Survey: Spending on Security Up
And organizations apparently are equally concerned about dealing with internal and external threats.
Asked to pick their single greatest security concern, "unauthorized access to clinical applications and patient data" tied with "breach of confidential information" for the top spot, each cited by 38 percent.
It's somewhat reassuring to see that the No. 2 information technology investment priority this year is security.
Unfortunately, a third of respondents say they are unable to track inappropriate access to patient records to help detect internal breaches. So there's still plenty of work to do to improve security.
A whopping 97 percent of those surveyed said the HIPAA and HITECH regulations are driving their I.T. purchasing decisions to some degree, but only 15 percent call them "the primary drivers." Another 29 percent say HIPAA and HITECH "are an influence," and 53 percent say they are "strongly considered." The biggest challenges in complying with the HITECH Act are educating employees and paying for "costly updates," the survey shows.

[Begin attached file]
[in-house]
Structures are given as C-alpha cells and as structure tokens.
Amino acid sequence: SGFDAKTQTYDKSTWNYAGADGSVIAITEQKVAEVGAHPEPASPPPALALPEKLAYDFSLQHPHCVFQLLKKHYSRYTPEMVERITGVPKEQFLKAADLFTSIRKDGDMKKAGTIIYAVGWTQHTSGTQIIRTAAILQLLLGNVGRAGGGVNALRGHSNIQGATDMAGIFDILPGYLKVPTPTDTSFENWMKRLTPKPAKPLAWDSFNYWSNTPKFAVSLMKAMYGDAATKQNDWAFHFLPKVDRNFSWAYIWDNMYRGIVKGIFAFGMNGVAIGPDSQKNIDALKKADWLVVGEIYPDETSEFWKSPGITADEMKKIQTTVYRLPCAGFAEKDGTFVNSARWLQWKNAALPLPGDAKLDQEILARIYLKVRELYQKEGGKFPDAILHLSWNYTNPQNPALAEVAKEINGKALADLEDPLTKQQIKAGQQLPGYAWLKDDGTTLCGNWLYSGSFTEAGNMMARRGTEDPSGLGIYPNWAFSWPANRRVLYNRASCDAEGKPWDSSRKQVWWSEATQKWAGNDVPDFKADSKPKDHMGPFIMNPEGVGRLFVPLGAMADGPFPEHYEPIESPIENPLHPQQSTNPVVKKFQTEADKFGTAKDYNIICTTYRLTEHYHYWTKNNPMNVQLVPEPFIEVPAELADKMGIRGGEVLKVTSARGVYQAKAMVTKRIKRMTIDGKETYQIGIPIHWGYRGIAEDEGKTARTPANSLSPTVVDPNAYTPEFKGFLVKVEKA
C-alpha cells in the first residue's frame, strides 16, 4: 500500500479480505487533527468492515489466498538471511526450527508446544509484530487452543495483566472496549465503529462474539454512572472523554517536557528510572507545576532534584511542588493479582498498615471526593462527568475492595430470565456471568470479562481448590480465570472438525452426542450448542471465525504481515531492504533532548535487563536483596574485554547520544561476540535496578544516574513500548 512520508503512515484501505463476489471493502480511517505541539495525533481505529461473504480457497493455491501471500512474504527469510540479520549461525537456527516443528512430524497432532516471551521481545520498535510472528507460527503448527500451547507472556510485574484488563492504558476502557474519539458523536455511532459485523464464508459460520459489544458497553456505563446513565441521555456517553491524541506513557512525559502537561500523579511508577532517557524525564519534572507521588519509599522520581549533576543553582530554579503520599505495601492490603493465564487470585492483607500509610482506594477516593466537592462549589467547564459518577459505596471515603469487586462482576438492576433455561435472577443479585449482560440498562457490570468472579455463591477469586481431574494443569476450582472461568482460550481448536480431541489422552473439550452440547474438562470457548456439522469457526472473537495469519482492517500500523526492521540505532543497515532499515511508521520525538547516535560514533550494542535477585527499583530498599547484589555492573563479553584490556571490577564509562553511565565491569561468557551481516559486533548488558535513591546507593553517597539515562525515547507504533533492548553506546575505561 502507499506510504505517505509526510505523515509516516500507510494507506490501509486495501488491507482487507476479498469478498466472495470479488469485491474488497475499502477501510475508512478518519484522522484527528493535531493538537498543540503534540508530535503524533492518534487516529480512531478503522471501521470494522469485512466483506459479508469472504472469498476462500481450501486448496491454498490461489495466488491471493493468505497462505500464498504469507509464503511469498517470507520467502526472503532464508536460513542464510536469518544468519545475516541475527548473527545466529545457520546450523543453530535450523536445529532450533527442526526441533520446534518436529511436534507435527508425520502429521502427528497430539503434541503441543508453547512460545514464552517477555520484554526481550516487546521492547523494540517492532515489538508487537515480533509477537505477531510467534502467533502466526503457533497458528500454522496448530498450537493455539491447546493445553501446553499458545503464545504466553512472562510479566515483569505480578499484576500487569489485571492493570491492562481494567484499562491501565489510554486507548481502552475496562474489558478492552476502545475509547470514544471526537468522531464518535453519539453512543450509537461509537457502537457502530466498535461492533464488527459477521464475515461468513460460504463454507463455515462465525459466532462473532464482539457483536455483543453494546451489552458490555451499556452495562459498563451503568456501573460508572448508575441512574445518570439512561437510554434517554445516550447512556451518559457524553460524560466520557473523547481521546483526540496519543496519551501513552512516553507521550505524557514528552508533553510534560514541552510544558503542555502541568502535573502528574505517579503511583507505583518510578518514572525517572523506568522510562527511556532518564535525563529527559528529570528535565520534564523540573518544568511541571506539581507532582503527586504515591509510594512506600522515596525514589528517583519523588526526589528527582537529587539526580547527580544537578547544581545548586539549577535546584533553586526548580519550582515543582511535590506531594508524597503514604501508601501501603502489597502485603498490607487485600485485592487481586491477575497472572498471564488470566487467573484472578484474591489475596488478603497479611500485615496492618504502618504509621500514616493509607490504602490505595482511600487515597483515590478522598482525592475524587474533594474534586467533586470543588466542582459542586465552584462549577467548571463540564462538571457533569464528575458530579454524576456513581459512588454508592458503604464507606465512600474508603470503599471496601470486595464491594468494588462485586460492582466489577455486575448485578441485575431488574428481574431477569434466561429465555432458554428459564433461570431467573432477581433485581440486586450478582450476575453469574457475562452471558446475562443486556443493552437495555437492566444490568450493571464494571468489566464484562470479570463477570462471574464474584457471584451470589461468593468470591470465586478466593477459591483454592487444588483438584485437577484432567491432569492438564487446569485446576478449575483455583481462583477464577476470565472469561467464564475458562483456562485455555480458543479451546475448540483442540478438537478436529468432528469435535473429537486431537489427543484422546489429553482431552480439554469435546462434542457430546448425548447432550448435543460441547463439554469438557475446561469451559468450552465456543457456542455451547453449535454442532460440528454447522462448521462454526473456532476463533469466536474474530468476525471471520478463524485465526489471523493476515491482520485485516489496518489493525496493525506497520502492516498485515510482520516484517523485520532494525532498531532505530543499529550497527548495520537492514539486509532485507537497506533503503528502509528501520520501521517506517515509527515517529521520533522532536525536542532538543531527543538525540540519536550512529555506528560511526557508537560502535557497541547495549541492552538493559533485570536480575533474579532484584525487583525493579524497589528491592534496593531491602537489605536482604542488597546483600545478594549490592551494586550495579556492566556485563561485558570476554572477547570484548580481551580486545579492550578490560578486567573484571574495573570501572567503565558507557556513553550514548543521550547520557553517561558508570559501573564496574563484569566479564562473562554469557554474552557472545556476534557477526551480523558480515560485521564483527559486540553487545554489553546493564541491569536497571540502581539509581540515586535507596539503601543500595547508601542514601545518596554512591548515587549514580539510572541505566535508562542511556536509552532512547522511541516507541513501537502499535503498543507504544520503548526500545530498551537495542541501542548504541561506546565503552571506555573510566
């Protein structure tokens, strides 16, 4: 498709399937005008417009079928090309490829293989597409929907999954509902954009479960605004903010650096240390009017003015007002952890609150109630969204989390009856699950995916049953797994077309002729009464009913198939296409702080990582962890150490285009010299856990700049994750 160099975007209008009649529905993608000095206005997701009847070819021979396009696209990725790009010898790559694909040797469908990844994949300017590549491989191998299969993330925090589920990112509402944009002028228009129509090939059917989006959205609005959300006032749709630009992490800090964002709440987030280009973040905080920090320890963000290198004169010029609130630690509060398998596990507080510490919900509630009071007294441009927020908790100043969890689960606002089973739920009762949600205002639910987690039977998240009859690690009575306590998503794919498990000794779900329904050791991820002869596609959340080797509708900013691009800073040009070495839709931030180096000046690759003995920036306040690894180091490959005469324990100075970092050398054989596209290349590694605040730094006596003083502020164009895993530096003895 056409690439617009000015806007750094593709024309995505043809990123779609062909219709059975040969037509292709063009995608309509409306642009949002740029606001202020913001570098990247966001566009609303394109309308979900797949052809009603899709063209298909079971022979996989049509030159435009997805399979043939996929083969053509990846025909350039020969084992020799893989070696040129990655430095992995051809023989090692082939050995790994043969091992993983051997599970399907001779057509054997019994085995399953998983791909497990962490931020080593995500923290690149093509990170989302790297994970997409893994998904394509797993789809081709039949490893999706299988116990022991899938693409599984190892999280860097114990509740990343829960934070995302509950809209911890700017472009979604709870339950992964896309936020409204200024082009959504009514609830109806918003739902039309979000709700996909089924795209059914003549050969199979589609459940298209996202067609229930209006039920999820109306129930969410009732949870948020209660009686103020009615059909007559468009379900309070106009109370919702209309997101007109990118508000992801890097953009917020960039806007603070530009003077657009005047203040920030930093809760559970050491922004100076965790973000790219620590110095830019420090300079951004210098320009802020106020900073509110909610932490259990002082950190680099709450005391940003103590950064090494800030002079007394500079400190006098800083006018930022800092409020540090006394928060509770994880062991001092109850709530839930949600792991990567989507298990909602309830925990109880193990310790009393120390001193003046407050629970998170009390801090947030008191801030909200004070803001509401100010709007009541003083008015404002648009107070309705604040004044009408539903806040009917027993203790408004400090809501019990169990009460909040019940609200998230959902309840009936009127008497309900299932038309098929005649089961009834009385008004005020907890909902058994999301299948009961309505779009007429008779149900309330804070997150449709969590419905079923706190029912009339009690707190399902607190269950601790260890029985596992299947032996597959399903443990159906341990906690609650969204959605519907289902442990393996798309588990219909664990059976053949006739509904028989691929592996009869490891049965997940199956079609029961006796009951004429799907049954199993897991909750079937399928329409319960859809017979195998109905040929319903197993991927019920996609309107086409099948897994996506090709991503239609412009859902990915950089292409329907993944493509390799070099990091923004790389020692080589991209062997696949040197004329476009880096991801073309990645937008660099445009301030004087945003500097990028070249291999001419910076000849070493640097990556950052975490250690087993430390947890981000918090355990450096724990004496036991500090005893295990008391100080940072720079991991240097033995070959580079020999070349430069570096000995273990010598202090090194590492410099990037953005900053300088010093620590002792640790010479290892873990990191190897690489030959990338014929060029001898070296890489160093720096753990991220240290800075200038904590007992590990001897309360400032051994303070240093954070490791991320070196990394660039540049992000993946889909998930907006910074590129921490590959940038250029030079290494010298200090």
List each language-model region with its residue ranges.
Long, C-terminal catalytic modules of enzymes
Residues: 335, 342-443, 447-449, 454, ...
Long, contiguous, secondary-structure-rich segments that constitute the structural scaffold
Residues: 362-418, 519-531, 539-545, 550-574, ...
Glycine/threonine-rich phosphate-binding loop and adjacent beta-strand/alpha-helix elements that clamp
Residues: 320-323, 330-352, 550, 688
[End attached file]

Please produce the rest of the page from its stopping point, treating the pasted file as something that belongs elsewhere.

Imprivata, a company that specializes in security, conducted the online survey, which attracted 600 responses from a list of "thousands of healthcare industry contacts," a company spokesman says. The participating organizations were primarily hospitals, but clinics were represented as well. Those who responded had a wide variety of titles, ranging from CIO to chief medical officer.
Not surprisingly, electronic health records are the top IT investment priority this year, according to the survey. With the HITECH Act providing funds for Medicare and Medicaid incentive payments for using EHRs starting next year, many organizations are scrambling to get a piece of the action. It's somewhat reassuring to see that the No. 2 information technology investment priority this year is security.
Asked about the method of authentication they're using, 83 percent of those surveyed say they rely on application passwords, but many selected multiple methods. For example, 37 percent use biometrics and 35 percent use facility access cards.
Although they still rely heavily on passwords, 90 percent of those surveyed say passwords and the time it takes to access patient data impact physician satisfaction "very much" or "somewhat."
So has your organization been able to win additional funding for information security this year? What was the key to winning that support? We'd like to hear from you.